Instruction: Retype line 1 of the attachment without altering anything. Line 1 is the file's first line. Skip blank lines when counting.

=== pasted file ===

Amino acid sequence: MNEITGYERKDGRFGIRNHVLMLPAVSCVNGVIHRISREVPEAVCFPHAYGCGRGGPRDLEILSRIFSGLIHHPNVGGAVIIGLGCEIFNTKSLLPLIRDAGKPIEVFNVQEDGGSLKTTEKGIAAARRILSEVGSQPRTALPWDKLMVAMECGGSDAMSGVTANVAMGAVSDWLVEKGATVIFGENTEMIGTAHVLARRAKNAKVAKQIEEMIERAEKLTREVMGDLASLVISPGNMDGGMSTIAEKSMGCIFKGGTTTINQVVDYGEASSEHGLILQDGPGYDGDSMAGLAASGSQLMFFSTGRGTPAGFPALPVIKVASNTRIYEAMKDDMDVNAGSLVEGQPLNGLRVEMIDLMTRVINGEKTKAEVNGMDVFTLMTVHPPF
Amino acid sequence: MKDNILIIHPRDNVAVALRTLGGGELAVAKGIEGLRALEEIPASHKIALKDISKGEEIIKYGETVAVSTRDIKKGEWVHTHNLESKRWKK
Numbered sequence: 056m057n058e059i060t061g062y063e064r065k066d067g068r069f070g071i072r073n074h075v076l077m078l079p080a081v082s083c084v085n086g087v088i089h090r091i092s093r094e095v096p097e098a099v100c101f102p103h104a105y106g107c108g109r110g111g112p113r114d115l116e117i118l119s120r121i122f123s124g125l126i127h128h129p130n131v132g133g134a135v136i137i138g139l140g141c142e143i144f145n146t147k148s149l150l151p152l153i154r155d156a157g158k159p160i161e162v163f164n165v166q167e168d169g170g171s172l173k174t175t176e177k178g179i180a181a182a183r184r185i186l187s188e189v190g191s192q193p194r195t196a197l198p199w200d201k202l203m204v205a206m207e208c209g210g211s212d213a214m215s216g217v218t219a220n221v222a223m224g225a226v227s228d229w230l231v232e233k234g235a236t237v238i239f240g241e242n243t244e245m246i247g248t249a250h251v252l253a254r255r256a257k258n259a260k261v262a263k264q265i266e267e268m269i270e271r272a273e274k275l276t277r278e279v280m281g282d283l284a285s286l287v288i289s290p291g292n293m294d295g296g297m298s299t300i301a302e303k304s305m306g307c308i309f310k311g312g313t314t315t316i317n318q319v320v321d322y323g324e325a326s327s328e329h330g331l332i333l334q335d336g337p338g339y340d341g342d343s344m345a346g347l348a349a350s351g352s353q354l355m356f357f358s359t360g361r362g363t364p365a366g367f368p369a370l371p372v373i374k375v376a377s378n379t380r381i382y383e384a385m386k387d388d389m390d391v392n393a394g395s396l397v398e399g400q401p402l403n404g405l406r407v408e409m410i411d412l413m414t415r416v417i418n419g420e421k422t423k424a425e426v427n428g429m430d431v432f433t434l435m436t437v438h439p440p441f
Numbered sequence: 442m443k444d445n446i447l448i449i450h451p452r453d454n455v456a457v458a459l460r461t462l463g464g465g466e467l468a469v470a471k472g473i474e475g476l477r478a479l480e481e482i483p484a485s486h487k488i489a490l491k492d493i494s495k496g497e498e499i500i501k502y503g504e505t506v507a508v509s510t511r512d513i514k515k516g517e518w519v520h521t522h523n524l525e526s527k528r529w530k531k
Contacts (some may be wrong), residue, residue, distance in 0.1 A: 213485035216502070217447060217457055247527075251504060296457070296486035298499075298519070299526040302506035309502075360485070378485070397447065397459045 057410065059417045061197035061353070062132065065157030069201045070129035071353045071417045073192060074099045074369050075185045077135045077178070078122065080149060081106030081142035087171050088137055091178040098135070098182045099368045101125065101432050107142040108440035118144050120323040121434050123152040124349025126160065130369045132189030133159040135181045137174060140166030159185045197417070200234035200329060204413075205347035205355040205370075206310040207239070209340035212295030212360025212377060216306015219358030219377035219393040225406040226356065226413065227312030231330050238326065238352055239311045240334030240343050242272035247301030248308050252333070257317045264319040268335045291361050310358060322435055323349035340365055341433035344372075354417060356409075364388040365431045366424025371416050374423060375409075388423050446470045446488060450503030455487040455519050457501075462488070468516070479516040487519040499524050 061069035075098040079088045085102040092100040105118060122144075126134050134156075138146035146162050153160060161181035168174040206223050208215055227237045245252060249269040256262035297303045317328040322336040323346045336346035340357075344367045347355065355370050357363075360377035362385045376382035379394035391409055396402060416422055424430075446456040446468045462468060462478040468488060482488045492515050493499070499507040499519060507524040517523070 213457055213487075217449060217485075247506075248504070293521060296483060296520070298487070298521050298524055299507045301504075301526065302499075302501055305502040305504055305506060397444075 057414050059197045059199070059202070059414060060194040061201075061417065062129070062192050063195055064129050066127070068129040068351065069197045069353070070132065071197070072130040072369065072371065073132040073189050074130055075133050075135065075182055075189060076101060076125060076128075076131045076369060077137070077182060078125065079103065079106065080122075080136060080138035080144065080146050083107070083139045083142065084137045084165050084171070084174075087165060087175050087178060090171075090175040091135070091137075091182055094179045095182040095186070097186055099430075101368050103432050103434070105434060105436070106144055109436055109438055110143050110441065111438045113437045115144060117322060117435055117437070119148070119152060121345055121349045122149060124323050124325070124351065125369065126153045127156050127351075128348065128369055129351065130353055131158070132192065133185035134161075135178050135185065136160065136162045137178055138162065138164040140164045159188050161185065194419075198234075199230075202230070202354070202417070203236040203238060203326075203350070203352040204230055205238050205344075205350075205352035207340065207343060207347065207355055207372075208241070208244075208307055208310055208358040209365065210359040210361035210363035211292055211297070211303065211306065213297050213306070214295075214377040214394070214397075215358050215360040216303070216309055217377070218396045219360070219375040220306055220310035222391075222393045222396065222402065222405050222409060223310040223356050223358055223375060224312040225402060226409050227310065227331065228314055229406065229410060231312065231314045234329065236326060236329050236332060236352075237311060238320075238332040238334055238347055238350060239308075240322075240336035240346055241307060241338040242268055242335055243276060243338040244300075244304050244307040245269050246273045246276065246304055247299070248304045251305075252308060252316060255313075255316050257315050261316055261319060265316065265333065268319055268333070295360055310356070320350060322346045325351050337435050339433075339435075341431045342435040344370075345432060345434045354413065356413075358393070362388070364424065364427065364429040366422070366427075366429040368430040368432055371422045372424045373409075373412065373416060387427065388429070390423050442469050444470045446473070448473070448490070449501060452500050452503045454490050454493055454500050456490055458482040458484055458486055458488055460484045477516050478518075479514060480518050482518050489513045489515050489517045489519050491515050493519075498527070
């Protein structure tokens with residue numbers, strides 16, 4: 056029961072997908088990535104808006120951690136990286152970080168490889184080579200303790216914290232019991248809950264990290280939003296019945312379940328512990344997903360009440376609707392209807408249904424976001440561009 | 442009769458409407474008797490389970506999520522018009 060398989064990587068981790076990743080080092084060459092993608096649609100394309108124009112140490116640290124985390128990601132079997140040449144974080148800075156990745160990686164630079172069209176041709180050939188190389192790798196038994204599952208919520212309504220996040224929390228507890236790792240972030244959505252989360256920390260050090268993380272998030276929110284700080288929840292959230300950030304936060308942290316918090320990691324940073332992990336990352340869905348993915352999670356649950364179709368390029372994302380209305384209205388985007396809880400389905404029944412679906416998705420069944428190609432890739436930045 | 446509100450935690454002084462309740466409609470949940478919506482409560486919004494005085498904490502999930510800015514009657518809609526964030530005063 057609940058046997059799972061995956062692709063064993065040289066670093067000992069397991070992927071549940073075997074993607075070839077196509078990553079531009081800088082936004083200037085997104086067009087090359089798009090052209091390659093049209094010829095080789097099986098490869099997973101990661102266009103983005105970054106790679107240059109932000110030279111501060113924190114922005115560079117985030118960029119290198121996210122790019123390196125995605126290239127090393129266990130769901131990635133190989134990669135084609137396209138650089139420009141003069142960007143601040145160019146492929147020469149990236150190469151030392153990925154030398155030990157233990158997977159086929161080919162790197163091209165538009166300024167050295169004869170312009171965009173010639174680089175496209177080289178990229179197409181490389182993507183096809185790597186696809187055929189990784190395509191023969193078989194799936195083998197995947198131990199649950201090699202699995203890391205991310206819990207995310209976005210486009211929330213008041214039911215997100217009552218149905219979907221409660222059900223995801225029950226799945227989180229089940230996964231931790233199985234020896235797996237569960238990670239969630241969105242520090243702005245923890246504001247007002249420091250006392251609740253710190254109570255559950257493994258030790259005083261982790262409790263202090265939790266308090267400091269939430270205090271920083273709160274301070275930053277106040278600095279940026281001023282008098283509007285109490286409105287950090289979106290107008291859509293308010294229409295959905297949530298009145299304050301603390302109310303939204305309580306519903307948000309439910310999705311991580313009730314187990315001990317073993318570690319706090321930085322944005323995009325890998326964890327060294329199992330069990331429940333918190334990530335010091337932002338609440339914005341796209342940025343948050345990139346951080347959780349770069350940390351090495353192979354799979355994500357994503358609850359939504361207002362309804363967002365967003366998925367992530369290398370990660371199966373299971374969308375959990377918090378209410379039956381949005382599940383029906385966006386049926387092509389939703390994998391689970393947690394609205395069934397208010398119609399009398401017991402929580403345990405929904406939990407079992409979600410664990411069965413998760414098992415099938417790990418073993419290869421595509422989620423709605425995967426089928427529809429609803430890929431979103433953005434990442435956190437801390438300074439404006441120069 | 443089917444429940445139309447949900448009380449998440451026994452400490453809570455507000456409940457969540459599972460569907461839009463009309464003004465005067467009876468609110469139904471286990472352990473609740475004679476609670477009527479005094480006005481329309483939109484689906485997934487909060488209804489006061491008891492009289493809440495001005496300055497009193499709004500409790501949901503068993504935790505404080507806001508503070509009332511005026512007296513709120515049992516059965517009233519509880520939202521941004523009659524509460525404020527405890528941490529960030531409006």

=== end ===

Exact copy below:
Amino acid sequence: MNEITGYERKDGRFGIRNHVLMLPAVSCVNGVIHRISREVPEAVCFPHAYGCGRGGPRDLEILSRIFSGLIHHPNVGGAVIIGLGCEIFNTKSLLPLIRDAGKPIEVFNVQEDGGSLKTTEKGIAAARRILSEVGSQPRTALPWDKLMVAMECGGSDAMSGVTANVAMGAVSDWLVEKGATVIFGENTEMIGTAHVLARRAKNAKVAKQIEEMIERAEKLTREVMGDLASLVISPGNMDGGMSTIAEKSMGCIFKGGTTTINQVVDYGEASSEHGLILQDGPGYDGDSMAGLAASGSQLMFFSTGRGTPAGFPALPVIKVASNTRIYEAMKDDMDVNAGSLVEGQPLNGLRVEMIDLMTRVINGEKTKAEVNGMDVFTLMTVHPPF